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Wednesday, February 02, 2005
Good morning, this is Brett
Kobernik with the
Our partner, The Friends of the
Also the Friends
Don’t you love it when you have an experience that’s better then you anticipated? That was the case with the riding conditions I found yesterday. The few traces of snow the mountains received over the last few days are keeping conditions decent. Currently, skies are clear with ridge top temperatures in the mid teens and ridge top wind speeds are from the northeast in the 15 mph range gusting to the mid 20’s at higher elevations.
The weakest layer currently is within the snow that we’ve received in the past week. One of our observers was able to trigger an avalanche in a fresh wind slab on Tuesday in Hogum Fork. It was 8-10” deep, 40-50’ wide and ran farther then expected, around 1500 feet vertical. This was on a northwest aspect at around 10,400 feet and was intentionally triggered from a ski cut. Once it broke, an old bed surface from January provided an excellent sliding plane for the snow to really get moving and produce a good size dust cloud. Current wind speeds along the ridges are enough to support snow transport so you may find new sensitive fresh drifts today, as well as others that formed a few days ago. Slope or ski cuts can be useful with these. Also, keep in mind that there are a number of firm crusts that will act as a good bed surface if you happen to trigger one of these wind slabs.
A number of observers from yesterday noted that the snow surface was sluffing quite easy on steeper slopes and entraining good amounts of snow, enough to possibly knock you over. Keep this in mind today as well.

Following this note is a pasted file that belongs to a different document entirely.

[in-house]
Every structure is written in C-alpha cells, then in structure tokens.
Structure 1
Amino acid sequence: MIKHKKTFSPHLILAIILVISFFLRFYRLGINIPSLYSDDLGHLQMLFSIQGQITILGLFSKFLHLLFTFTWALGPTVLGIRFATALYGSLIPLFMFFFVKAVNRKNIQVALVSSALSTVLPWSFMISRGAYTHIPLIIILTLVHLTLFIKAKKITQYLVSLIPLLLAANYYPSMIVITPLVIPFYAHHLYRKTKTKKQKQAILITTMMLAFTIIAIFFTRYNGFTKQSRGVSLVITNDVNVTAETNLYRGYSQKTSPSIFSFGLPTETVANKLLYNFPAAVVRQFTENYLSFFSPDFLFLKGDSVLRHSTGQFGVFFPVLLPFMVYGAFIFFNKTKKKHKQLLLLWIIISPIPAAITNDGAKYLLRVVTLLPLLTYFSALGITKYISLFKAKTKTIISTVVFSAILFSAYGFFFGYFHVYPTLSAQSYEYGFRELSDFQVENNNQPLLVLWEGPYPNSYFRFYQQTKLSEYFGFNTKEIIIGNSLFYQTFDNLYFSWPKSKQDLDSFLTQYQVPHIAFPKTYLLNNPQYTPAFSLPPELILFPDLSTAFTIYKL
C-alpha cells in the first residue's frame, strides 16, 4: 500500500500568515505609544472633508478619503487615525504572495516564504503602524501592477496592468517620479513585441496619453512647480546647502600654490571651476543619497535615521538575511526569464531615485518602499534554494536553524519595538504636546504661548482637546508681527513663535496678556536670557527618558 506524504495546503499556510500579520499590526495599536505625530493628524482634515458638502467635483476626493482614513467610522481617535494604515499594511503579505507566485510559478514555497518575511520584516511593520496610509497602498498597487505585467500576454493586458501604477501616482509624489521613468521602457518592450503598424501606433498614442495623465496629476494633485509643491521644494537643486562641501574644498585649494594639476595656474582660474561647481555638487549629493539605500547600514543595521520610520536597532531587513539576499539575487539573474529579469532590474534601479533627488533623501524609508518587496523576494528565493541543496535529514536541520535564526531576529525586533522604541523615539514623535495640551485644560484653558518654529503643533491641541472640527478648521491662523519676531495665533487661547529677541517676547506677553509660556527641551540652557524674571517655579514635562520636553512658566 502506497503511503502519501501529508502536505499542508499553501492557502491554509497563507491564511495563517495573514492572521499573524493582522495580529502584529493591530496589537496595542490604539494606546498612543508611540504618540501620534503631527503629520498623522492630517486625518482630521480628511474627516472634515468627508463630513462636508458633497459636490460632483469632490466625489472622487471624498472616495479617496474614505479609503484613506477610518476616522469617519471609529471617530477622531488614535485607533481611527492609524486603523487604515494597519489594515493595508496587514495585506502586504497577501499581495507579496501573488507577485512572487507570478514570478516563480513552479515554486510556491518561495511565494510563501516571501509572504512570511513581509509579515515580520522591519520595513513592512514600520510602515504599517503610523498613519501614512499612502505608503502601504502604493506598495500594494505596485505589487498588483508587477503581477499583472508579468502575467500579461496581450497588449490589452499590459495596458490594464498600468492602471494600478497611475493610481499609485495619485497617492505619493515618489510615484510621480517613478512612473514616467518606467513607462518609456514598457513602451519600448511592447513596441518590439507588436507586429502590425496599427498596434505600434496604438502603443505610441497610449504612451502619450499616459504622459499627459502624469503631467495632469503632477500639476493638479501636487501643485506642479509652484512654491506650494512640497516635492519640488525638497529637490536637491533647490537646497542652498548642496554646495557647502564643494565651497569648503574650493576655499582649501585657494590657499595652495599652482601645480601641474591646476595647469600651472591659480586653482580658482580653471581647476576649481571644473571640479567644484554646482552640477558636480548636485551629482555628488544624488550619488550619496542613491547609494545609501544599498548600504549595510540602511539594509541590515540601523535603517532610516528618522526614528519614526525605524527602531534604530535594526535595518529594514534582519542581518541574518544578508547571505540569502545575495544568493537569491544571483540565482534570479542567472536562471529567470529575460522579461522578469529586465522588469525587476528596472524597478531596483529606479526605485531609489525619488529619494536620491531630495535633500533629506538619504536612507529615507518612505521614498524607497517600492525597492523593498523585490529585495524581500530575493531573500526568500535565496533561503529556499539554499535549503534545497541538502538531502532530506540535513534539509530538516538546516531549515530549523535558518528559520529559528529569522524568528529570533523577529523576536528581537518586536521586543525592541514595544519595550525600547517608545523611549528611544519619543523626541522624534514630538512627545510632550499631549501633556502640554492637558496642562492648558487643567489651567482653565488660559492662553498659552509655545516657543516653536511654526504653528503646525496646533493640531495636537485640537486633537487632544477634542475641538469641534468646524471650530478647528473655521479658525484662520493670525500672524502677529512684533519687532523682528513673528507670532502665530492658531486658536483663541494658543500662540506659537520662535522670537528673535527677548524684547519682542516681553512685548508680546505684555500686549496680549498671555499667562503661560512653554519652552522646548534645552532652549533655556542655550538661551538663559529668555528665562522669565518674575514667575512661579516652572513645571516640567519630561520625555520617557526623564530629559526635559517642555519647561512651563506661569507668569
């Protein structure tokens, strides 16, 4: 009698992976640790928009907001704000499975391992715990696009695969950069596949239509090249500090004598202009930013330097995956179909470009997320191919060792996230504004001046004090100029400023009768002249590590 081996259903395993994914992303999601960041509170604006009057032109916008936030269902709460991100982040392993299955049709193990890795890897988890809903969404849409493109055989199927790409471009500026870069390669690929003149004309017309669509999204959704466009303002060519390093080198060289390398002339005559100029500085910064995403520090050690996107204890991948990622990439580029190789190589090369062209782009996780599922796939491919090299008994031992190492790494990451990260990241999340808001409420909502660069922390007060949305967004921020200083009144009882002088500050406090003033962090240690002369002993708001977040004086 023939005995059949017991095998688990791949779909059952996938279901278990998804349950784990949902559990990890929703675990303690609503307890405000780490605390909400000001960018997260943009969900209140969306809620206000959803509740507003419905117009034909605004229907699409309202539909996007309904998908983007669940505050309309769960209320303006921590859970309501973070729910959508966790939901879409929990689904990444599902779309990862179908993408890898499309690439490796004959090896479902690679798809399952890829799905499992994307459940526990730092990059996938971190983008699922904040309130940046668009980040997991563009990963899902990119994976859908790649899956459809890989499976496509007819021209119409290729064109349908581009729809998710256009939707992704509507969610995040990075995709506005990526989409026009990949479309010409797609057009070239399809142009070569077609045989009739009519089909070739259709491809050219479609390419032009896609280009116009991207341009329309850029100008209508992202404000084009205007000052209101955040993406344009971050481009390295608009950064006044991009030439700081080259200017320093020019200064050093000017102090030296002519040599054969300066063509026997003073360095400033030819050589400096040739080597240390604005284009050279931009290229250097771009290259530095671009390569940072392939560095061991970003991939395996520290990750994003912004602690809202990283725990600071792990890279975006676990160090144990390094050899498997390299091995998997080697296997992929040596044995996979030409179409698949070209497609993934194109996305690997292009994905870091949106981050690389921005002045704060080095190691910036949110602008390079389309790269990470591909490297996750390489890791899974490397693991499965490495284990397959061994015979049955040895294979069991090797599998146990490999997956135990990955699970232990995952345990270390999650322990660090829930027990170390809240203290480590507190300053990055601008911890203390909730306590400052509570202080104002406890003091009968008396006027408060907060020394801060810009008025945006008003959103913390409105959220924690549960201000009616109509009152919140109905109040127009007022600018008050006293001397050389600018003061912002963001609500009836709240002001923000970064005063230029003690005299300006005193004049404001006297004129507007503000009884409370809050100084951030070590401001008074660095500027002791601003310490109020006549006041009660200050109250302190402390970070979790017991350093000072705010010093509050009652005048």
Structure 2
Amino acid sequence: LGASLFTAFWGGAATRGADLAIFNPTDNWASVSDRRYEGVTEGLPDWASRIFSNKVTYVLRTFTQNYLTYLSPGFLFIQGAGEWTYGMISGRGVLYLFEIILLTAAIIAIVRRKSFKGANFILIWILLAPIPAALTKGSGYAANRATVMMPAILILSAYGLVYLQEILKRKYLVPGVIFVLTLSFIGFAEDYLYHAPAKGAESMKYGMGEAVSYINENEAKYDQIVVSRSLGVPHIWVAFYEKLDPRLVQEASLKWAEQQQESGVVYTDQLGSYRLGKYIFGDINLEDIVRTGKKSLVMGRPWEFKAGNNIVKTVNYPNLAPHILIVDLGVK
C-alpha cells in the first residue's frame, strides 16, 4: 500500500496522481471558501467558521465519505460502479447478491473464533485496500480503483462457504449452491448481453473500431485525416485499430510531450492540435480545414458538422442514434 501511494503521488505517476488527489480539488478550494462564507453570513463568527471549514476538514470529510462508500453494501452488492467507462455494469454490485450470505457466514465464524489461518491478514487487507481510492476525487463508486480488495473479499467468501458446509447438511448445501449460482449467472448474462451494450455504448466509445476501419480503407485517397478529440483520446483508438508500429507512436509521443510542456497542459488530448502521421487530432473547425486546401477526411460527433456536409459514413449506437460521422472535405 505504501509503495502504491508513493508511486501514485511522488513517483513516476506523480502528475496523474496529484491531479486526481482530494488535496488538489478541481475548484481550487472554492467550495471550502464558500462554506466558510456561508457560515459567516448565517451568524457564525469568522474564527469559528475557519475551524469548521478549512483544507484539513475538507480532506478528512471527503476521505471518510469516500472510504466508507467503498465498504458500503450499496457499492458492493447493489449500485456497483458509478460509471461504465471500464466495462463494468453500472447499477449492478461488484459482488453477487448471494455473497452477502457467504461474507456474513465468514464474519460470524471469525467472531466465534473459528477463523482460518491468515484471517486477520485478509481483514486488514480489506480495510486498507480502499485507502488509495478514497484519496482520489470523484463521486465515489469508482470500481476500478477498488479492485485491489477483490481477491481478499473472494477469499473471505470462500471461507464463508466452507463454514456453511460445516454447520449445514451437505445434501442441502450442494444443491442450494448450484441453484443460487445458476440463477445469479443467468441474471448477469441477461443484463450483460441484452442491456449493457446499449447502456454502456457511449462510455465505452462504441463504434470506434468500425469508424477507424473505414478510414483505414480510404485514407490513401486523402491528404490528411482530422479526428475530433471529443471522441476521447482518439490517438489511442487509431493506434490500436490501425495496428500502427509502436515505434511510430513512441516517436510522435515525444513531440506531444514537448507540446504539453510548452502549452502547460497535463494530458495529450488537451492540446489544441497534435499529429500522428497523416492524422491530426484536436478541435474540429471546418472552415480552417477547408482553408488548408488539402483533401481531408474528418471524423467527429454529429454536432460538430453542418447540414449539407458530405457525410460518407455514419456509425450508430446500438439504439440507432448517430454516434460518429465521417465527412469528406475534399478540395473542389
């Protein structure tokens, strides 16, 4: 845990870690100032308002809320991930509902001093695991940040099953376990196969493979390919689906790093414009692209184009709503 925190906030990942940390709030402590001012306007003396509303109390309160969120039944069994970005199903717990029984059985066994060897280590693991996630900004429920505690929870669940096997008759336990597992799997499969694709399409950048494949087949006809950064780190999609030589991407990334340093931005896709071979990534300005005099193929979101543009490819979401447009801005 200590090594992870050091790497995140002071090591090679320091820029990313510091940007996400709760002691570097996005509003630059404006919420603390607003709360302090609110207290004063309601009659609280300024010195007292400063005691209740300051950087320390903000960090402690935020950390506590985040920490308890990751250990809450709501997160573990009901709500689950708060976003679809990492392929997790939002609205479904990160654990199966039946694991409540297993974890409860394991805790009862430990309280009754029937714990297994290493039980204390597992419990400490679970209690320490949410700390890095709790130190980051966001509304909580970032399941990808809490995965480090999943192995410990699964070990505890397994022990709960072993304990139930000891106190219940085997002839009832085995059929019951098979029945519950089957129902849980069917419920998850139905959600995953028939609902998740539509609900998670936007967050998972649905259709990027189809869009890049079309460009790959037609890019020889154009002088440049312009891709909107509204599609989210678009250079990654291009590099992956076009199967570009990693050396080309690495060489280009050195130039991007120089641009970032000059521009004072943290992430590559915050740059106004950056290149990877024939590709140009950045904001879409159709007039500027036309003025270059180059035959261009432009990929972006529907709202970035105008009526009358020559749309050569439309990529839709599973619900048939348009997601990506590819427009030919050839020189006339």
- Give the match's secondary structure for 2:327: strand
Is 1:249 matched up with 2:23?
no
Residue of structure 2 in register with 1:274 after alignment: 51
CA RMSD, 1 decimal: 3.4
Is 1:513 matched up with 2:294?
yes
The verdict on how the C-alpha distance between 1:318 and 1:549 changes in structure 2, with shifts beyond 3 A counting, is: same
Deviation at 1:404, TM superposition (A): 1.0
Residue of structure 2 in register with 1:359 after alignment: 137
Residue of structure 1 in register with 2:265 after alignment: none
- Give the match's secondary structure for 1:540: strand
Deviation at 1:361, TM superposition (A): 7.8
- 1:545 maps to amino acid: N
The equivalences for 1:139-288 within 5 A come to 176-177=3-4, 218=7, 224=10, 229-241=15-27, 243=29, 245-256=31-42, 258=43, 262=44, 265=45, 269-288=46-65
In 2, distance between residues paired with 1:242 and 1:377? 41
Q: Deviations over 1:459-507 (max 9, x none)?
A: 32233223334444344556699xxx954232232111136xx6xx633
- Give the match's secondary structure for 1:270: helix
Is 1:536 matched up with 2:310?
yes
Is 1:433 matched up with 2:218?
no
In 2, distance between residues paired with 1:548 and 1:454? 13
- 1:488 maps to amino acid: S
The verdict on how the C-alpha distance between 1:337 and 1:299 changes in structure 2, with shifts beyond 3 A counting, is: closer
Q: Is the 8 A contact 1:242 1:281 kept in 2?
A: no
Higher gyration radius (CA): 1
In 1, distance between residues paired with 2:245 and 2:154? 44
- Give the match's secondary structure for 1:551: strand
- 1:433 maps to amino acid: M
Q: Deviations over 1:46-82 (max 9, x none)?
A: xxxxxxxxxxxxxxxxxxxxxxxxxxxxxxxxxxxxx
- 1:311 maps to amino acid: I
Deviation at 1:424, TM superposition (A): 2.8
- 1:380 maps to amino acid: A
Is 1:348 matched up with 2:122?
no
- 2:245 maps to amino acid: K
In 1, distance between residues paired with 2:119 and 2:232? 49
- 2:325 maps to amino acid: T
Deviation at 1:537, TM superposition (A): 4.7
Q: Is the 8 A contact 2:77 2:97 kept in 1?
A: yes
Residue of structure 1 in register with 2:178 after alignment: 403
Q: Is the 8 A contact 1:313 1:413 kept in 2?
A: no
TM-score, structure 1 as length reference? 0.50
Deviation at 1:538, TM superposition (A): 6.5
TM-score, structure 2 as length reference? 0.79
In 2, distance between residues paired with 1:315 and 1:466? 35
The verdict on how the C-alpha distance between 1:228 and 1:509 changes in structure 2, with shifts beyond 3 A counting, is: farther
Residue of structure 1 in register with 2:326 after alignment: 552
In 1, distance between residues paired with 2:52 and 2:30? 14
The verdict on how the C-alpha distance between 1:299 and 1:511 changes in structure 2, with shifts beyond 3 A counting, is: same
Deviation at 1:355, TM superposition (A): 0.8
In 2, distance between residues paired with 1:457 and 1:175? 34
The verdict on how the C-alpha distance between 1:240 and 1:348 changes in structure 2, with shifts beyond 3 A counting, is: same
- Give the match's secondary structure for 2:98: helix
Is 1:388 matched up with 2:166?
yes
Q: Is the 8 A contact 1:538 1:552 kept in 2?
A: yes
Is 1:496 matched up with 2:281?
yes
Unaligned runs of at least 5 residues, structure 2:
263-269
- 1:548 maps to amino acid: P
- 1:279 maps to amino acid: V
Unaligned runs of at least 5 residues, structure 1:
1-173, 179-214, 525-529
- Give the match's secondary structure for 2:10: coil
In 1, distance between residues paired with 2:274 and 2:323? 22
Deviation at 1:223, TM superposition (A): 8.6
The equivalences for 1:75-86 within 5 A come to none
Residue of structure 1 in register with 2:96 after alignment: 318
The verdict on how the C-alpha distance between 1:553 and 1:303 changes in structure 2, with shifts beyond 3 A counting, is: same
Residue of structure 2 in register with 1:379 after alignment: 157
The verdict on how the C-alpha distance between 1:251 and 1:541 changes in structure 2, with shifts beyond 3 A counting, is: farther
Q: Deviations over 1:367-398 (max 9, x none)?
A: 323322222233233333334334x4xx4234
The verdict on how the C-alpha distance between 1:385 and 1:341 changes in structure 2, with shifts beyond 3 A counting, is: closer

Most southerly facing slopes have gone through a couple of melt freeze cycles which will make it harder for the sun to loosen up the snow but you should still watch for wet activity on the southerly aspects today. Keep an eye out for pinwheels and rollerballs as these are the first signs that the slope is heating up. Loose snow point releases usually follow. For a few more details on the snowpack call 364-1591.
Bottom Line (
The avalanche danger is LOW on most slopes today. There is a MODERATE danger on any steep slope with recent deposits of wind drifted snow. It wouldn’t surprise me at all to find a sensitive wind slab in the higher terrain today. Keep in mind that you may see loose snow sluffs on steep shady slopes. Watch the southern aspects for wet activity as heating occurs today as well.
High pressure will affect the area until Friday. Today we’ll see mostly clear skies with northeast winds at around 15 mph along the ridges. 8000’ temperatures will be in the upper 30’s and 10,000’ temperatures in the upper 20’s.
The ridge of high pressure will flatten out for the weekend with a disturbance on Saturday then a better shot for snow on Sunday into Monday.
Don’t be shy about calling or e-mailing us with any observations you have. The more information we receive translates to better quality advisories. The phone number is 524-5304 or 1-800-662-4140, or e-mail us at [email protected].
Guides were not able to fly. Today they’ll
Snowbird is hosting
the 2nd annual Backcountry Avalanche Awareness Week, now through February 7th, as a benefit for the
Brett Kobernik will be giving a free avalanche awareness talk at the SLC Milosport on Friday, February 11th, at 7pm.
The information in this advisory is from the U.S. Forest Service, which is solely responsible for its content. This advisory describes general avalanche conditions and local variations always occur.
Bruce Tremper will update this advisory by 7:30 on Thursday morning.
Thanks for calling
For an explanation of avalanche danger ratings: